Over the past half century, sleep has been abducted from its natural home in our hearts and minds and become exceedingly medicalised, says Dr Rubin Naiman, sleep and dream specialist at the University of Arizona Centre for Integrative Medicine, US, and author of HUSH: A Book of Bedtime Contemplations.

“We’ve been encouraged to view sleep as a strictly scientific and mechanistic phenomenon shrouded in medical complexities – a perspective that significantly limits our personal access to it,” he says.

There is no doubt that sleep supports a healthy waking life by restoring our energy, promoting immunity, facilitating learning and memory and much more, says Dr Naiman. However, our challenge is to appreciate the physiological mechanisms of sleep without sacrificing its essential transcendent qualities.

“Viewing sleep and dreams solely as functional limits our personal experience of them,” he says.

“This is similar to viewing food exclusively in terms of its nutritional value. Just as good food is both nourishing and delicious, sleep and dreams are health-promoting and also a potential source of serenity, joy and wonder.”

Because we can never fully understand sleep as an intellectual concept we must learn to be comfortable with its mystery, says Dr Naiman. Part of that mystery is dreaming, something that he – as well as many yoga practitioners, psychologists and Buddhists – believes plays a key role in regulating our feelings and moods and in the psychological assimilation of daily life experiences.

Our dreams, our selves

Dreams are the mythic back story of our daily lives. Think of them as the brain, or the ego, sifting and sorting.

“Our dream symbols and themes are the pictures our individual dreaming minds come up with while our brains are processing our conscious and unconscious experiences of the last 24 to 48 hours, trying to make sense of our world,” says Brisbane-based dream therapist and author Jane Teresa Anderson. “As we dream, we try to fit our recent experiences in with our current understanding of the world, and mostly we manage to do that, even when our current understanding of the world is not serving us well.”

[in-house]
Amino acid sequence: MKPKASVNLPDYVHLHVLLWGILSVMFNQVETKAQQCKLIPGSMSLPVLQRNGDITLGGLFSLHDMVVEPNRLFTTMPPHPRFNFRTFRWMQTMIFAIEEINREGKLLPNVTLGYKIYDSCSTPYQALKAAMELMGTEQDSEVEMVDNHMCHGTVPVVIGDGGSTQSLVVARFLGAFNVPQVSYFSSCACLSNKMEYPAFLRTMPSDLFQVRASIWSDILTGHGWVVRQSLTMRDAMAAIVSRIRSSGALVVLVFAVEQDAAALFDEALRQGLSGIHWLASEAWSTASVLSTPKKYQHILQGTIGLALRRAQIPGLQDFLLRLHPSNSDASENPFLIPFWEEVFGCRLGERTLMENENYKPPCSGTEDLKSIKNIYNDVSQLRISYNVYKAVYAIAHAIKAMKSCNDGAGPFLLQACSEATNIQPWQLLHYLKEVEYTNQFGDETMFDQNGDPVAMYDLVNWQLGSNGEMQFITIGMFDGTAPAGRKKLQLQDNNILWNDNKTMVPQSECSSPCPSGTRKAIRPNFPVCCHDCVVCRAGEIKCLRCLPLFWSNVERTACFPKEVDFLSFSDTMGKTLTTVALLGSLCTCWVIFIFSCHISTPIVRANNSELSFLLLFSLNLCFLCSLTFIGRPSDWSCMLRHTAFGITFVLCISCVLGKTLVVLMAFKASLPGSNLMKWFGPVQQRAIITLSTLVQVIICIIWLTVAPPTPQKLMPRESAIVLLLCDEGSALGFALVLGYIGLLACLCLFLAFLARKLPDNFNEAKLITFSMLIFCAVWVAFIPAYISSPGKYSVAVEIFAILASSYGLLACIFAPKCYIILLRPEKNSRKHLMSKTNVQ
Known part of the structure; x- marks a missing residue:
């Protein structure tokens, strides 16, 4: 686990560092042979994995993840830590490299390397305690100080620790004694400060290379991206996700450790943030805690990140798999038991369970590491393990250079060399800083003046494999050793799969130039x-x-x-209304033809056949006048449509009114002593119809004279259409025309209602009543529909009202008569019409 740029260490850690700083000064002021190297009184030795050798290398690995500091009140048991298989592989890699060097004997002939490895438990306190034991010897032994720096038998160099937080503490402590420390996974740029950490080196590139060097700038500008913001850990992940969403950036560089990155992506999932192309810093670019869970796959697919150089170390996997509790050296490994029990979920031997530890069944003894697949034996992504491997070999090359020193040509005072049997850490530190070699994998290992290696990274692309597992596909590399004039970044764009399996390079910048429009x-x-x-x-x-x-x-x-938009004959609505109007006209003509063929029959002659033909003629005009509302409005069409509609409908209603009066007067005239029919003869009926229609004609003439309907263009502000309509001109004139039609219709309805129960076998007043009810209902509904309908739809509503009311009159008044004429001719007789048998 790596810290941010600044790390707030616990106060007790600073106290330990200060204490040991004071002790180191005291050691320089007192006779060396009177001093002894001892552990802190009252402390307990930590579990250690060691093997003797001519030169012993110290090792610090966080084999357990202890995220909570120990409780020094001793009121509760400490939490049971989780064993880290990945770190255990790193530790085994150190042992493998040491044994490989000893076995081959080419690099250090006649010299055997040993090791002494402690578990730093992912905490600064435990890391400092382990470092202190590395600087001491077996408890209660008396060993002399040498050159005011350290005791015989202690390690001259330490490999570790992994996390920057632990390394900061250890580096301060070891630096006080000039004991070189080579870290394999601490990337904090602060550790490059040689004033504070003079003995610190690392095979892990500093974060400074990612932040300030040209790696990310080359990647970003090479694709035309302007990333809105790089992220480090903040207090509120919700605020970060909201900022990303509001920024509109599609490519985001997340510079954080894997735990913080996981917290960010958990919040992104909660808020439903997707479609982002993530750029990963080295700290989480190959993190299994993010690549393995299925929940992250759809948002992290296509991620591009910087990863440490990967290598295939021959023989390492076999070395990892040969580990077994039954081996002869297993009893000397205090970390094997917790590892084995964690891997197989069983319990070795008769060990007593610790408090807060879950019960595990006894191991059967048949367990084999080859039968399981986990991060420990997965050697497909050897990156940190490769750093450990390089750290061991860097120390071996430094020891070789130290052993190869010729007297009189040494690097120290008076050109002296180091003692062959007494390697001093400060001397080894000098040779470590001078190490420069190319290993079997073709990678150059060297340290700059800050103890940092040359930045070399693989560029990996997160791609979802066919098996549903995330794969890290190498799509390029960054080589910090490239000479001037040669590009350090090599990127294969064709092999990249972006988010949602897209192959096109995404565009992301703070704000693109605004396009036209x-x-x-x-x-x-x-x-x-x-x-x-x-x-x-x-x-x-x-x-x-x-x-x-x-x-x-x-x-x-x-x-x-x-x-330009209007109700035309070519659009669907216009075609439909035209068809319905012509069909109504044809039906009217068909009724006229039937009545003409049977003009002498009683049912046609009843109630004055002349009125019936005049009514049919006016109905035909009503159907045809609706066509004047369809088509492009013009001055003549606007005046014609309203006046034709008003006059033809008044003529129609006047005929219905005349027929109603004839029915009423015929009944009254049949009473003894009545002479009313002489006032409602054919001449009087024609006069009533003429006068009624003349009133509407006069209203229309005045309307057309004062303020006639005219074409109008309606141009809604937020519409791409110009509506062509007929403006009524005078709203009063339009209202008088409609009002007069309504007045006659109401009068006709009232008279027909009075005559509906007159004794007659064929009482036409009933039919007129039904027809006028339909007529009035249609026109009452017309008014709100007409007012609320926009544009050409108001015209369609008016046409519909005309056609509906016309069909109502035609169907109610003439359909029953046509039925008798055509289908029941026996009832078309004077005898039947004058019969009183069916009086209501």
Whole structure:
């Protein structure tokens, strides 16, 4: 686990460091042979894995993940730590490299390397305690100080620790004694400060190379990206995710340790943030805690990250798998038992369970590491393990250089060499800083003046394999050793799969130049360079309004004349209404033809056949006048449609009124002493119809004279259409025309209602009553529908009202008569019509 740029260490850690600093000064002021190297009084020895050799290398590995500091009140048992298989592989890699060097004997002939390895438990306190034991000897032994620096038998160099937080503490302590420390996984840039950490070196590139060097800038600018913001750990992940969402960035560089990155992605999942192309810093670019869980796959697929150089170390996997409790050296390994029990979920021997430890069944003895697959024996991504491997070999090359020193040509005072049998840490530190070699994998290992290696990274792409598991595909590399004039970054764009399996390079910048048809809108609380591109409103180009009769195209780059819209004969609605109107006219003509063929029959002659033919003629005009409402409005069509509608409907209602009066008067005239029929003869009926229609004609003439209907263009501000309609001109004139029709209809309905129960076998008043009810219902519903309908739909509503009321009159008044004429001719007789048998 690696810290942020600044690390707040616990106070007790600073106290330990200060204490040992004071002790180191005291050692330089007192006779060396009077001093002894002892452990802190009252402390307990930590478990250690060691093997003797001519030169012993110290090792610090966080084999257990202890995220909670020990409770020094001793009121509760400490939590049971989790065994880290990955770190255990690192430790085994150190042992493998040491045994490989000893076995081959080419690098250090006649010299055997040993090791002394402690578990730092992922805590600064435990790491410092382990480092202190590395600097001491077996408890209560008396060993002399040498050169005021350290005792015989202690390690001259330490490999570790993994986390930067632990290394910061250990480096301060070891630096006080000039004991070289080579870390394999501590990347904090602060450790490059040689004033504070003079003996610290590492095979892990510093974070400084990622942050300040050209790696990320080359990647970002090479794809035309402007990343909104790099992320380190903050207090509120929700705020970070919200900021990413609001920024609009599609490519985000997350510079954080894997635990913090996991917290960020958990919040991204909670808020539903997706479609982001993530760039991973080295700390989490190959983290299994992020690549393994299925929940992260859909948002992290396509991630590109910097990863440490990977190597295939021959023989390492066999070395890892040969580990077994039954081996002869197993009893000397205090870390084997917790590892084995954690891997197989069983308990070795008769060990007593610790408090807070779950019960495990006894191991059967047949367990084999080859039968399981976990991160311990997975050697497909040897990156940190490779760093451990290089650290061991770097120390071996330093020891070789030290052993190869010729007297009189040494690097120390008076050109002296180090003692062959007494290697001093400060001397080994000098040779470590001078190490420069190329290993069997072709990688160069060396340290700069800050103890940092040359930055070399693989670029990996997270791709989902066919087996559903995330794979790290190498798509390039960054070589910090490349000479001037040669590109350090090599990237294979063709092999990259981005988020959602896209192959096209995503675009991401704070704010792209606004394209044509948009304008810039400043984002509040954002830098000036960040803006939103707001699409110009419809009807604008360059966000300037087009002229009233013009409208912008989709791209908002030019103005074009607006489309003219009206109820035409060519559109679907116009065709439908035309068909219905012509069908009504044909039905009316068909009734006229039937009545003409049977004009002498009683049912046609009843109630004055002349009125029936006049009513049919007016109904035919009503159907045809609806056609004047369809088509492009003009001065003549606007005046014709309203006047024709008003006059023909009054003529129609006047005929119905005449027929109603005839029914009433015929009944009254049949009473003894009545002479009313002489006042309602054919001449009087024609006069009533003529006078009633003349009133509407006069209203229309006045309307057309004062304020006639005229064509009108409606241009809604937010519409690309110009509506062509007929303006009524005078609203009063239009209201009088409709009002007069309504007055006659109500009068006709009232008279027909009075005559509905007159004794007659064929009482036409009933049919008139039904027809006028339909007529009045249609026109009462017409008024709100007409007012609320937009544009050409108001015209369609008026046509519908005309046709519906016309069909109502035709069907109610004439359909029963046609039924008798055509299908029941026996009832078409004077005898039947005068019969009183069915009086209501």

Regardless, those dream symbols and themes are the closest we can get to the language of our unique unconscious mind, the closest we can get to the language of our brain wiring.

Dreams and yoga share similarities in that they are both about achieving balance, oneness and a connection to the divine.

“Every night, as you dream, your hard drive is updated: some memories and beliefs are strengthened, some are replaced and some remain in conflict,” she says. And the main purpose of all this is “to aid your survival and to help you to cope with future new experiences”.

Both Dr Naiman and Anderson believe that through our dreams we get an opportunity to better understand ourselves and why we experience life in the way we do.

“Dreams can allow us to see our unconscious belief system,” explains Anderson. “Often a feeling or symbol, or even a whole dream, that keeps coming up can give us a good clue about where we are stuck.”

Even a bad dream can help us in our lives if we’re able to develop our awareness of the emotions surrounding it and understand the symbols produced by our unconscious.

Dreams and yoga

Anderson, a long-term yoga practitioner, says dreams and yoga share similarities in that they are both about achieving balance, oneness and a connection to the divine.

“When I am looking at a dream I am looking at where balance is needed in life,” she says. “If you have an issue that has conflicting beliefs or emotions surrounding it, your life is out of balance. Dreams can also help you process a lot of the emotions that yoga poses stir up.”

Yoga teacher Josie Cain believes that both yoga and dreams share similarities in that they can both help us to open up to new experiences.

In her own life she has managed to manifest many dream intentions successfully – for example dreaming about travelling and working in India with a friend and actually making it happen.

Cain adds that she often has what she calls “waking dreams” as well as “sleeping dreams”, both of which she believes can be powerful, something that Dr Naiman confirms.

“We believe we dream only at night for the same reason we say stars come out at night,” he says. “The truth is that stars are always present, but obscured by sunlight during the day. Likewise, our view of the dream by day is obscured by the glare of waking life.